Time for us all to take on Vicky’s mantle

An Cailín Rua

HONOUR HER MEMORY Vicky Phelan kayaking on the Potomac River in the US, where she was receiving treatment for her cervical cancer, in April 2021. Pic: Vicky Phelan/Twitter.com.

An Cailín Rua
Anne-Marie Flynn

The alert flashed up on the phone screen, bringing with it a gut-punch of sorrow; Vicky Phelan, aged 48, had died.
We all knew it would happen eventually, but still, it hit hard. Particularly among the women, where there was palpable grief, but also anger. Anger that another woman had died needlessly, because of other people’s mistakes and negligence, and visceral sorrow that we, as women in Ireland, had lost one of our own, a warrior who fought doggedly and determinedly on our behalf, despite being terminally ill.
Vicky had done exactly what women are told to do. She had been proactive; she had attended her routine smears. Not only had the lab responsible for reading the results made an error, but CervicalCheck delayed informing her and hundreds of other women who eventually received delayed diagnoses of cervical cancer; a disease that is treatable, if caught in time.
In taking legal action, Vicky was presented with a choice. To sign a nondisclosure agreement and settle her medical negligence claim, securing her family’s future and covering her treatment costs. Or refuse to be silenced, take her case to the courts, and risk losing everything – all while terminally ill.
We all know what followed: a court case that laid bare a litany of failures, exposing yet again the callousness and carelessness that have characterised how women are treated in this state.
There was little remorse either – the head of CervicalCheck (incredibly, a woman) was later reported as accusing women of making claims via tribunal for the money. A tribunal, incidentally, that the 221+ campaign group rejected as unfit for purpose.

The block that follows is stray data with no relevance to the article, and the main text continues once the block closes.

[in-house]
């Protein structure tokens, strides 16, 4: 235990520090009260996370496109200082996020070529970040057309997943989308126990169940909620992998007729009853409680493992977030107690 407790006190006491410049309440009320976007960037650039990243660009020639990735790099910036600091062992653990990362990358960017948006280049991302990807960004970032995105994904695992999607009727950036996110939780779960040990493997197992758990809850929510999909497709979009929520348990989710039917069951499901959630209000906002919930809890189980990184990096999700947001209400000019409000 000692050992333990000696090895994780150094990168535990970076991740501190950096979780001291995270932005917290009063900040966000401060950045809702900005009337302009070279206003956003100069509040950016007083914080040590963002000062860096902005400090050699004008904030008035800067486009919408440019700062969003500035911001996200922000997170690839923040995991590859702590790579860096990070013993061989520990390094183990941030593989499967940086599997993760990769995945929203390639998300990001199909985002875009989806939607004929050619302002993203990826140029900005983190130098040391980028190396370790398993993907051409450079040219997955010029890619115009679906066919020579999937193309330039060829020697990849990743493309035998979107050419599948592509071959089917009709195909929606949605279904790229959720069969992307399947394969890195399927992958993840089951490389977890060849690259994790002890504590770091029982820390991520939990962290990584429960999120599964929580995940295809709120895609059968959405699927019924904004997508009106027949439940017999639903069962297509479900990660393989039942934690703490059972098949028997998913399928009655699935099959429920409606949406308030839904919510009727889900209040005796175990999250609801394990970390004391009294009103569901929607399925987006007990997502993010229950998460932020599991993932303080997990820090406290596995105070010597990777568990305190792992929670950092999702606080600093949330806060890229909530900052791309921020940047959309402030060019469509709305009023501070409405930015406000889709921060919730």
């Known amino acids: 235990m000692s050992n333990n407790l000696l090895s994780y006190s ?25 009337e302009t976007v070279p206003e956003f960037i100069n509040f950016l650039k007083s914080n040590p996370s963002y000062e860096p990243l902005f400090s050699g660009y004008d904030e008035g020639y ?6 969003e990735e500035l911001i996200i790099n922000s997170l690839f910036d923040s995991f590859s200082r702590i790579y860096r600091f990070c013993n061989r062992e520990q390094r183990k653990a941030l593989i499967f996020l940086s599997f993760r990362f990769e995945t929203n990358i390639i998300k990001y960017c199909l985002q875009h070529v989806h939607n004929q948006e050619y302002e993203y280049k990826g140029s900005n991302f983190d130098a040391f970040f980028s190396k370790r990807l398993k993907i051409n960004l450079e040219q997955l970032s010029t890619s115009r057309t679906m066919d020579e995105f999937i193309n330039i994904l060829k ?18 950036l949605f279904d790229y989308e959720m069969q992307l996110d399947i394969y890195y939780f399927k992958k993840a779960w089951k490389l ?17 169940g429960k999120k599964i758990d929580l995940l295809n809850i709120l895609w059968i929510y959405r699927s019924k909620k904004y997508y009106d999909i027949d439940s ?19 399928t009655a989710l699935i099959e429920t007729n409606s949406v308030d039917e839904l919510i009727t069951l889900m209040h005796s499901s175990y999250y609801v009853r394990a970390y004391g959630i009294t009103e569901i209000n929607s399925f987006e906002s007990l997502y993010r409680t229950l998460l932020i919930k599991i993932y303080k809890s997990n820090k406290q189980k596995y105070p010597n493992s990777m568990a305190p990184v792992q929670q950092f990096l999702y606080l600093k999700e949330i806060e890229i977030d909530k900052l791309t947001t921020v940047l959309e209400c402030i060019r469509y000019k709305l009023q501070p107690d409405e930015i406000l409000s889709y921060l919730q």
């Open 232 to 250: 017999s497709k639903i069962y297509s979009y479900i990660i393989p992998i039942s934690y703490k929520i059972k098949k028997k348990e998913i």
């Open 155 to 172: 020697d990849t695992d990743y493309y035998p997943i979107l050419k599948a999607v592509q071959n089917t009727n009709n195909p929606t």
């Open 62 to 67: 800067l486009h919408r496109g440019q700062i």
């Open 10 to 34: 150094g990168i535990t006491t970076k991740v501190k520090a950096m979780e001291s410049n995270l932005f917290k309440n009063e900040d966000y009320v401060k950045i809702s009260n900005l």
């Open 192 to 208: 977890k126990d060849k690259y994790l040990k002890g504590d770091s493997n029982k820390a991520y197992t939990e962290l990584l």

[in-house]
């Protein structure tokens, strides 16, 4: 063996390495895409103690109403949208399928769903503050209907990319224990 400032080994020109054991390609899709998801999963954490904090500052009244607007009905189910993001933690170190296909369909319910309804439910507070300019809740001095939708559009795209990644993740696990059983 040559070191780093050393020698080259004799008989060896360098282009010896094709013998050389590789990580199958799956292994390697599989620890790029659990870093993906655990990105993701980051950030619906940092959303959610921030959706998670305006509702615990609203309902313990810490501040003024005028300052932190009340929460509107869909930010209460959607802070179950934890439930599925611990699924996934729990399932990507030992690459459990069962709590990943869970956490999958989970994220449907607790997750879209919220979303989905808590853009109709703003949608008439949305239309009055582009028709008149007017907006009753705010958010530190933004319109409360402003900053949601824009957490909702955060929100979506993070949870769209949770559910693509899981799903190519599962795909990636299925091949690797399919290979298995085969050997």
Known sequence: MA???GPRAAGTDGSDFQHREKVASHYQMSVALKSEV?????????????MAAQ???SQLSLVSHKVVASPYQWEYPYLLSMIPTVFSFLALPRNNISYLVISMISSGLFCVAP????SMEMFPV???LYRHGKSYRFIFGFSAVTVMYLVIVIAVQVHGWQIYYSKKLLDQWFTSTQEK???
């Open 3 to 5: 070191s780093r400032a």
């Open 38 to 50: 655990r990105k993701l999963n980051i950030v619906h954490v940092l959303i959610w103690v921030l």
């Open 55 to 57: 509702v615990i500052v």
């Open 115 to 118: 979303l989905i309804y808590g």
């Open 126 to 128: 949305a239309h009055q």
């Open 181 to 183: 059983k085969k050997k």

This was not new news. We had seen the result of this patriarchy and misogyny before in many different guises: Reproductive rights and bodily autonomy. Care for eating disorders. Access to contraception. Thalidomide. Hysterectomies and symphysiotomies performed without consent. The Hepatitis C scandal. Transvaginal mesh devices. Restrictions on home births. The list goes on and on. Hundreds, thousands of women bullied, harmed and dismissed.
And we know that this had not changed. It takes on average nine years to receive a diagnosis of endometriosis in this country. There are frequent, relentless accounts from women whose concerns and wishes are still ignored or dismissed in patriarchal clinical settings around childbirth, and menopause.
Predictably, after Vicky’s death it wasn’t long before the politicians appeared to flood the airwaves with tributes. There is little doubt that their sentiments were genuine; how could you think of her without being impressed by her spirit, determination and directness? As this column is being penned, a Late Late tribute show is in the planning. However, Vicky Phelan famously stated that she didn’t want tributes after her death. She wanted action, and she wanted accountability.
As women in Ireland, we owe her – and her family – an enormous debt of gratitude. But we owe them far more than that. Passive handwringing and sorrowful platitudes will only go so far. Now, like Vicky, it is anger – fury – that should fuel us. Her children should not be without a mother. Neither should the families of Ruth Morrisey, Irene Teap, Elaine Flannery, Emma Mhic Mhathúna, Lynsey Bennett and others be mourning their devastating losses.  For too long in Ireland we have tolerated corruption, incompetency and inadequacy. Along with the other women who faced down the State and the system that tried to gag them, Vicky displayed immense courage, integrity and bravery to take on this fight on behalf of other women in what was an incredible act of solidarity and generosity, and to demand change.
Through no fault her own, Vicky did not see her wishes realised. Four years on, the Patient Safety Bill has yet to be enacted. A full 85 percent of cervical screening is still outsourced abroad.
The very least we can do now is fulfil our obligation to pick up the baton and continue the fight that she carried for so long and advocates like Lorraine Walsh still carry: holding politicians and a cold, patriarchal, paternalistic health system to account, insisting that the voices and concerns of women are no longer routinely dismissed, and ensuring that the other women affected receive redress and an apology, without being forced through the trauma of the court system.
It is time for us to stand up and be counted and insist that this government addresses its shameful record of further abusing women who have already been victimised and damaged by the State and our health system. Then, and only then, can we say we have truly honoured Vicky’s memory.